[Review] I’m Quitting Heroing

I’m going to keep this review on the shorter side since I already spoke recently about my appreciation for this show amidst a slew of recent similar series; however, I did want to give an update with my final thoughts. While my positive reactions from before still stand true, the overall impression is forgettable. I’m Quitting Heroing did well enough to entertain me this past spring, but I don’t see myself remembering details into future seasons largely due to its unremarkable graphics and flat characterizations.

I originally included “simple premise” as a reason for dimissing the longevity of this anime, but on reconsideration that isn’t actually a downside. Too many works do exactly the opposite; they attempt to add in so much complexity that you’re left with countless loose ends and little resolution. Some of my favorite narratives are clear in their layout with easily identifiable goals that are met by the end of the season (Moribito: Guardian of the Spirit). The fact that I’m Quitting Heroing does exactly that isn’t a weakness by any means. Instead, we get our twist in the roles our characters take in what would typically be a black and white categorization of hero and villain. In this case, the villains are not only endearing, but also relatable. The hero is shown as understandably terrifying in his power–not just monstrous to his enemies but to his allies as well.

Another area that surprised me was Leo’s backstory, which isn’t revealed in full until near the end. The reasoning for his unnatural strength is unveiled along with a path towards peace for humans and demons alike. This neat wrap of the overarching conflict results in an ending that is satisfying, despite the likelihood of more strife. Nothing worthwhile is ever easy, and sacrificing Leo for his power source would have been exactly that. The demons very well might have peacefully returned and revitalized their home separate from humans, but the emotional cost probably would have plagued them for the rest of their lives and possibly given fuel to any humans looking for another war.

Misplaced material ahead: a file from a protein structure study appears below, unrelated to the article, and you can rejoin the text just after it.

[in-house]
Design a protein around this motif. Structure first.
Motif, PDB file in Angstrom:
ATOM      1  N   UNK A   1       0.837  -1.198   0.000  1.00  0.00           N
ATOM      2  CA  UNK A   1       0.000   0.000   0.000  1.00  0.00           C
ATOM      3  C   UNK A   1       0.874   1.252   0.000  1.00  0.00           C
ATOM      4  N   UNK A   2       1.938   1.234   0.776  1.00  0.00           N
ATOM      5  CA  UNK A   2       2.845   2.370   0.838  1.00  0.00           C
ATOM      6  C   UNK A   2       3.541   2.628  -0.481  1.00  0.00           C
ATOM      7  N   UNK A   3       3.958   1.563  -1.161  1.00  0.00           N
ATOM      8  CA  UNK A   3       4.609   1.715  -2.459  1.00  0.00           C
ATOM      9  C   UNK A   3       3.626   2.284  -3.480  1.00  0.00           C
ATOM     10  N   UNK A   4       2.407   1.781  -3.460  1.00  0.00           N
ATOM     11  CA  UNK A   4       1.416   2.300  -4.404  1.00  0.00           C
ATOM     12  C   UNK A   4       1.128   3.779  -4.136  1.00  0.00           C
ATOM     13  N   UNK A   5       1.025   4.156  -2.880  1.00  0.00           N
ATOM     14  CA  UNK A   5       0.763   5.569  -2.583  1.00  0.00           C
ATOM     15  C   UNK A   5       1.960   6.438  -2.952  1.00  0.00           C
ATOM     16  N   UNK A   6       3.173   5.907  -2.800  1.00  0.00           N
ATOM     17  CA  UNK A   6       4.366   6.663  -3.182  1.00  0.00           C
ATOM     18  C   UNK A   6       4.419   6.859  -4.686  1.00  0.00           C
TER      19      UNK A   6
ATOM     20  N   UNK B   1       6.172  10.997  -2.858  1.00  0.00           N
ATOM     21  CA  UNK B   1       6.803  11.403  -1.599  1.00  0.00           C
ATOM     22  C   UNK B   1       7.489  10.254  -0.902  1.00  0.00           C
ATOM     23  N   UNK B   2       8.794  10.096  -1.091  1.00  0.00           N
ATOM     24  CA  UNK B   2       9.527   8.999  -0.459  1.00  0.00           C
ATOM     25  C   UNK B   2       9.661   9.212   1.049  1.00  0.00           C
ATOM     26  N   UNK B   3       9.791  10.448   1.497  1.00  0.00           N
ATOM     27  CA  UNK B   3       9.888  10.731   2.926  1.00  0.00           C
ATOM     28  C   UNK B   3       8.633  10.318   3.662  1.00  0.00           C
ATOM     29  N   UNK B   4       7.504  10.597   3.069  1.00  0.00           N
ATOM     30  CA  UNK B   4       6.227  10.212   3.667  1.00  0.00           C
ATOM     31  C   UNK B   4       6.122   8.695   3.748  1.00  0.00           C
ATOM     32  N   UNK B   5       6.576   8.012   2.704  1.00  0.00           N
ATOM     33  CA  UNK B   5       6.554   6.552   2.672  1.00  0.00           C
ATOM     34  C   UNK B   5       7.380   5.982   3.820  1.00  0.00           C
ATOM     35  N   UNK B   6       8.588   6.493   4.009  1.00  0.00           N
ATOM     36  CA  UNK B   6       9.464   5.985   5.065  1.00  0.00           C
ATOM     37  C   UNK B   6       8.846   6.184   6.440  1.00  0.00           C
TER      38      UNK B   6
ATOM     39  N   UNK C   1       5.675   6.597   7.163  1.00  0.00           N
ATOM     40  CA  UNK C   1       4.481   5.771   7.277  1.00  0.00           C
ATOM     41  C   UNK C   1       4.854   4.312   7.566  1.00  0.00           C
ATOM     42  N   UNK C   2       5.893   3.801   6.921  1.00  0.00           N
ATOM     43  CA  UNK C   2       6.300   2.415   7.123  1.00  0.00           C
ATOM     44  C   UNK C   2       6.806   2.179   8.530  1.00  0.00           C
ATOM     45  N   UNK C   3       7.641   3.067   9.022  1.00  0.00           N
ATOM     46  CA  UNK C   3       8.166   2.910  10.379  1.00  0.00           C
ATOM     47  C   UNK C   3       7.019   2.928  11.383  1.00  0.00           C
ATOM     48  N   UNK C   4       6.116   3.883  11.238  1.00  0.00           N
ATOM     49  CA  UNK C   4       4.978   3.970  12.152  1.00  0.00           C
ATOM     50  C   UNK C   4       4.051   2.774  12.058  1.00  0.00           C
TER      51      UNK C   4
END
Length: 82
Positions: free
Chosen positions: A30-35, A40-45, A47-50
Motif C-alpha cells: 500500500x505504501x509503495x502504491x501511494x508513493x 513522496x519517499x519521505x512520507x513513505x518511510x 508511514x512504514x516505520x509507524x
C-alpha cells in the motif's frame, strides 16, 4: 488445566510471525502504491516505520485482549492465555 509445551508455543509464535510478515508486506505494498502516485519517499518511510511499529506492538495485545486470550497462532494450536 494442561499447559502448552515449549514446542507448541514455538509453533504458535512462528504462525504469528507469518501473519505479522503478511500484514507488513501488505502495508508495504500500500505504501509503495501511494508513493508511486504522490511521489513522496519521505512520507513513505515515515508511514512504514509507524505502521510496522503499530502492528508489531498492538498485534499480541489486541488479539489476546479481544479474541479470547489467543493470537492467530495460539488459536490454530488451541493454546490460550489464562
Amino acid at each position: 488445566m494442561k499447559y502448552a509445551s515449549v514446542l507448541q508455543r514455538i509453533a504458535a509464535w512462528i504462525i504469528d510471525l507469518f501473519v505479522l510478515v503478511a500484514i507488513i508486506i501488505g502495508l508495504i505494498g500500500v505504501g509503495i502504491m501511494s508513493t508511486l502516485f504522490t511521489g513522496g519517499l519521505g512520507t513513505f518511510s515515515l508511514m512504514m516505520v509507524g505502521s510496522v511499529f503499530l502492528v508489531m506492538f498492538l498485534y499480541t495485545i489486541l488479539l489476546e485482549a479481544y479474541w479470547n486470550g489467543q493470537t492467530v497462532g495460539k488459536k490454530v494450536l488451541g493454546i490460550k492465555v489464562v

Despite the forgettable art and one-dimensional characters, I’m Quitting Heroing was always a joy to watch week to week and that’s often all I look for in entertainment. The memorable works stand out even more for their infrequency. While I may not remember the names or events of this anime several seasons later, there will always remain a lingering likability that makes the show an easy one to recommend for anyone seeking a quick, but enjoyable, fantasy.

Rating: 0 dango

*Rating system:

  • 0 dango – average and forgettable.
  • 1 dango – very good in its category.
  • 2 dango – excellent show that is worth a try.
  • 3 dango – exceptional show one must watch.

2 thoughts on “[Review] I’m Quitting Heroing

  1. I enjoyed this show quite a bit. I liked that they made the whole season an arc for Leo, giving that information about him as they went along, rather than just all in that expository episode at the end. The last two episodes did suffer from being too talky, since they felt like they had to wrap everything up and give too much perspective, but overall it worked. I also thought the voice performances were very good, well cast and well performed.

    Liked by 1 person

    • They definitely did a good job with staggering Leo’s backstory across the entire season despite the bit of info cramming at the end. Talking about the voice acting, I didn’t actually notice outside of Lily! I remember when I first heard her voice how piercing it sounded, but her voice grew on me much like her character did the more we spent time together.


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